Americans like to think of the U.S.A. as the most modern, bright, shining leader of progress, engineering and technology in the world. We like to think that other nations envy and follow our every move. That is what I grew up believing, and it was largely true 30 to 50 years ago.
But the United States has fallen behind. Any person who has traveled the world can see how that other nations took notice of our concepts and while we sat back, they improved upon our ideas. Now in many ways the United States is falling behind. For example, consider the Brookland Bridge, in New York. Or consider the New York Subway system, or our highway system, massive airports, and even our electric utility systems. Con Edison was considered the worlds most progressive and powerful utility system in 1950. Now it is a hodge podge of old systems build for an analog age, spliced and taped together with pockets of technology trying to hold an overloaded electric grid together.
The power outages in August, 2003 blacked out parts of Michigan, Ohio, Pennsylvania, New Jersey, New York and even Vermont, Massachusetts, and New Hampshire. Peggy Walsh SVP of the Consumer Energy Council of America said: “The system built 50 years ago can’t handle the demands of a digital society”. Philip Sharp a former Indiana congressman and Harvard lecturer on energy policy said that deregulation was partially to blame because it led to a “patchwork system” that is a “crazy-quilt system of rules that govern market in different parts of the country”. At least under a regulated system, federal regulations were fairly uniform. It is no wonder that people in American occupied Iraq were joking that no wonder they don’t have electricity there, when the Americans can’t even provide it on Wall Street.
A trip around the world will show that the rail system in the United States is at least 30 years behind the rail systems in France and Germany. Our bridges and roads in the Northeast a crumbling and as our older systems continue to decline, nations around the world are building newer better-engineered infrastructure. A trip to Asia will demonstrate that our Golden Gate Bridge is small compared to the newer larger bridges in Hong Kong. United State subway systems cannot compare with those in Japan, Britain, or Germany. Even in India, the government is taking old concepts of American subways, rail and freeways and designing national programs that within 20 years will be some of the most modern in the world. China, Thailand, Japan, Korea all have international airports more modern and better designed than the older established airports in the United States.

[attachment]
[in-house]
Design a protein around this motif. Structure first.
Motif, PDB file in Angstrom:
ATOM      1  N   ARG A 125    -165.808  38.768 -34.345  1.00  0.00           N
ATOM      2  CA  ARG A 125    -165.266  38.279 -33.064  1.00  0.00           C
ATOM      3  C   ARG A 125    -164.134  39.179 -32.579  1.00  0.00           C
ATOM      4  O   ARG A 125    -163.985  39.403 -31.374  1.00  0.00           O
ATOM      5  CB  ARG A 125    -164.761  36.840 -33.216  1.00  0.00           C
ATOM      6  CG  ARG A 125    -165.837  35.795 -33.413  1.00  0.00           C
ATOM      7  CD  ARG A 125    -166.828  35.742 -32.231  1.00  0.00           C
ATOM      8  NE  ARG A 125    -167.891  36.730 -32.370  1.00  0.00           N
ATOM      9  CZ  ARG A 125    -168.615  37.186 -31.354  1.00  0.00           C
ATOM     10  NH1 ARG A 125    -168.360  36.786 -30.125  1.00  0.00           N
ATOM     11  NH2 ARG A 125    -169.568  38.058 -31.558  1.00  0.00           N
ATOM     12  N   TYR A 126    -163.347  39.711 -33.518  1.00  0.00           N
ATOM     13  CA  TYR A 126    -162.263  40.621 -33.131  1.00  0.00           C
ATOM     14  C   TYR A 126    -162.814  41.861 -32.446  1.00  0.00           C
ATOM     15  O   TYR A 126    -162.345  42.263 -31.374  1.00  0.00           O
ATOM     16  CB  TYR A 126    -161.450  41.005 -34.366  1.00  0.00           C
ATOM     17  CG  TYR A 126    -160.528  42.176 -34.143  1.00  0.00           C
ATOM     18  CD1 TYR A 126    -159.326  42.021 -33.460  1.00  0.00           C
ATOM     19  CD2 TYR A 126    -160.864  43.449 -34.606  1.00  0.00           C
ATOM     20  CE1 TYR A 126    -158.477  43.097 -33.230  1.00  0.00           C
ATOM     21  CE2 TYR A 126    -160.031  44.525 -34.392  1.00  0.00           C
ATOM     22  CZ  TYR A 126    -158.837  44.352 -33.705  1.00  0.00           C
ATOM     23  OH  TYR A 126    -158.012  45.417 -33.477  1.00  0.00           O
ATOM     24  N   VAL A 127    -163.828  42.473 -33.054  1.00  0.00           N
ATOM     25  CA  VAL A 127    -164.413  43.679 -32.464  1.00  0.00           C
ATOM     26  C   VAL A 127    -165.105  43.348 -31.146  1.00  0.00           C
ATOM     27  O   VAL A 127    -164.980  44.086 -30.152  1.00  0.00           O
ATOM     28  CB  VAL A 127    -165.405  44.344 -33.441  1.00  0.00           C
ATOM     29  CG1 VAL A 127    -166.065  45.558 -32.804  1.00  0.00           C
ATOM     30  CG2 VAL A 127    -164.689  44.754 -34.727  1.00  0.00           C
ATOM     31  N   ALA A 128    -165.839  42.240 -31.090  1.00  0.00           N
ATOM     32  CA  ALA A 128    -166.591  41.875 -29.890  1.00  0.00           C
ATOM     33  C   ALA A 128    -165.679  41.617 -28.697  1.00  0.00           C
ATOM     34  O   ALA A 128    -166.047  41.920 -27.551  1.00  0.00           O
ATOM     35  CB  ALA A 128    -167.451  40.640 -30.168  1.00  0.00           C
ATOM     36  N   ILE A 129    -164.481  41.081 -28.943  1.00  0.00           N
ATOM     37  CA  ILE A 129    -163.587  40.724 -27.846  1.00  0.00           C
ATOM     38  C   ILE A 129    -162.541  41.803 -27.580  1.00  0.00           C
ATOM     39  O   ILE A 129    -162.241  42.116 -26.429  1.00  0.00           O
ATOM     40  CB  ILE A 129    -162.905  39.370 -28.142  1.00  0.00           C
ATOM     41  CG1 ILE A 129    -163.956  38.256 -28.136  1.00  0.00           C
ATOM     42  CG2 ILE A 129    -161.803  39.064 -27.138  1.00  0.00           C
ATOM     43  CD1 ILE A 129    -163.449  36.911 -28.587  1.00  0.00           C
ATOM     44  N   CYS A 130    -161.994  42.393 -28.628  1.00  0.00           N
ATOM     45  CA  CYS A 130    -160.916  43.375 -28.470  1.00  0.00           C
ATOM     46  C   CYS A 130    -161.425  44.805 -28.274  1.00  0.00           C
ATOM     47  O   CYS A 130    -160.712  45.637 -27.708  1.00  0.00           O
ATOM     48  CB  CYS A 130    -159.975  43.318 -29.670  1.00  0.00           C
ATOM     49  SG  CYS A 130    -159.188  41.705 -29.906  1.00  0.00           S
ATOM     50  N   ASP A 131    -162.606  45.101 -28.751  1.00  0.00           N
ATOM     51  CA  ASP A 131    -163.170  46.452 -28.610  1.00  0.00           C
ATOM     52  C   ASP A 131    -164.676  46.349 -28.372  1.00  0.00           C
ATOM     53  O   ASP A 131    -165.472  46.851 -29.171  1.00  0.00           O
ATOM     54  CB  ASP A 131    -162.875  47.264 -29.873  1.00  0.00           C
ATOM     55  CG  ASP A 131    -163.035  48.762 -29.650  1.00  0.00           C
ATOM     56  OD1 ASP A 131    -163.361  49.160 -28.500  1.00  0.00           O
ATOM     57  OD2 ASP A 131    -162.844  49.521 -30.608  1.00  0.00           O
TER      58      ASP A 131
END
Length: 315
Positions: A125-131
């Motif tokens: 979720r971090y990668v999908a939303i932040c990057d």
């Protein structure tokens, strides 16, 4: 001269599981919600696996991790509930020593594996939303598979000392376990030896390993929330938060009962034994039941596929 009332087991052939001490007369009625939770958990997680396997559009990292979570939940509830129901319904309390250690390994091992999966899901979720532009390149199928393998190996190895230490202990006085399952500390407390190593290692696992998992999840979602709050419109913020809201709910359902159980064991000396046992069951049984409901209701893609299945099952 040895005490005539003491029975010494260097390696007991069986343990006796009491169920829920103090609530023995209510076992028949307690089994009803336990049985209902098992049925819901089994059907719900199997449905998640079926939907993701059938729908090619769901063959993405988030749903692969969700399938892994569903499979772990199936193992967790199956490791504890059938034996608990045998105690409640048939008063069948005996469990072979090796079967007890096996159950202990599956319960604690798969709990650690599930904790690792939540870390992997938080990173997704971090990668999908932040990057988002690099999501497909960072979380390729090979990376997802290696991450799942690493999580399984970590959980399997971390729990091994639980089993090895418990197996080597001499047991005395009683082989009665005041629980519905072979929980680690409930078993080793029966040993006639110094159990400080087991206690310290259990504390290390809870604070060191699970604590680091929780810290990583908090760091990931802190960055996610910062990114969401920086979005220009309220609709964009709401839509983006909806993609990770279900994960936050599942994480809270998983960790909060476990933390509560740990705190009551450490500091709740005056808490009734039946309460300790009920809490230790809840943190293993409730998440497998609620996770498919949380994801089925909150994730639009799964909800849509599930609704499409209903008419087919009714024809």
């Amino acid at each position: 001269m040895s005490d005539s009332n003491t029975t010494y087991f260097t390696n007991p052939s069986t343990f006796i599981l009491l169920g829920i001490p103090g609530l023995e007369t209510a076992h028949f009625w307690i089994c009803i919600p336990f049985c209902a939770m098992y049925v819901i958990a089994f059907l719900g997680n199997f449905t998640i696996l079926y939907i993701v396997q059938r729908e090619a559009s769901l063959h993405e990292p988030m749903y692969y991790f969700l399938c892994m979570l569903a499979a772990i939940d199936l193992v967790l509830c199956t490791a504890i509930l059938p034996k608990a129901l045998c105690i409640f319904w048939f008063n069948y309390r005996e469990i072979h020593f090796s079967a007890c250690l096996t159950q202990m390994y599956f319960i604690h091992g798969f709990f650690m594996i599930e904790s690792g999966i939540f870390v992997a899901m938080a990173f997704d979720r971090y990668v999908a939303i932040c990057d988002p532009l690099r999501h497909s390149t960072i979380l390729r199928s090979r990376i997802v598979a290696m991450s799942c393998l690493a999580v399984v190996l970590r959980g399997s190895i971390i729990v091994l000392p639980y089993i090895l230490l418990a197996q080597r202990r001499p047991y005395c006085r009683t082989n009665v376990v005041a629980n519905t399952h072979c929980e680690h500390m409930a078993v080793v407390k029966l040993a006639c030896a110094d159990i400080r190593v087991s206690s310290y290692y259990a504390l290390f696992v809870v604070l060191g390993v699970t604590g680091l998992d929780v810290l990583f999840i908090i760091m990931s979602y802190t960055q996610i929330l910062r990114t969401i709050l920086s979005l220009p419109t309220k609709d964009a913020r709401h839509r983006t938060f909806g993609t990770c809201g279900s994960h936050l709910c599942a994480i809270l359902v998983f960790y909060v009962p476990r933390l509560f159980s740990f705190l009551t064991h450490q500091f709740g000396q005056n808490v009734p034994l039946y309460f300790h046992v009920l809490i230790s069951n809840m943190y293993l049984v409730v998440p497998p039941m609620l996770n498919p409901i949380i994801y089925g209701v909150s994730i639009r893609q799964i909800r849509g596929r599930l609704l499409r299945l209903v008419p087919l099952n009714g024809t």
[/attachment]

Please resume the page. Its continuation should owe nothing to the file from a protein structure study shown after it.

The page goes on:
Why bring it up? Have you ever considered the economic impact of having a good freeway system, subway or transportation system? How much does ease of travel and communication contribute to economic success? The economic impact of having a modern electrical system, or modern infrastructure can make the difference as to whether we can compete in the new economic world of the future.
While America is spending billions of dollars every month on military adventures and in trying to “build other nations” it’s internal infrastructure at home, particularly in the older industrial sectors and the Northeastern part of the nation is becoming long in the tooth.
But, American’s say: “At least we are ahead in computer technology.” A recent story may quell that idea as well. While in Asia recently I observed computers, cameras, software and hardware that were far more advanced than available in the United States. Even in remote Mongolia, a business executive commented: “It seems that Americans are behind in computer technology. We use better systems than in the United States.” I looked at what they were doing, and they were right! Wake up America!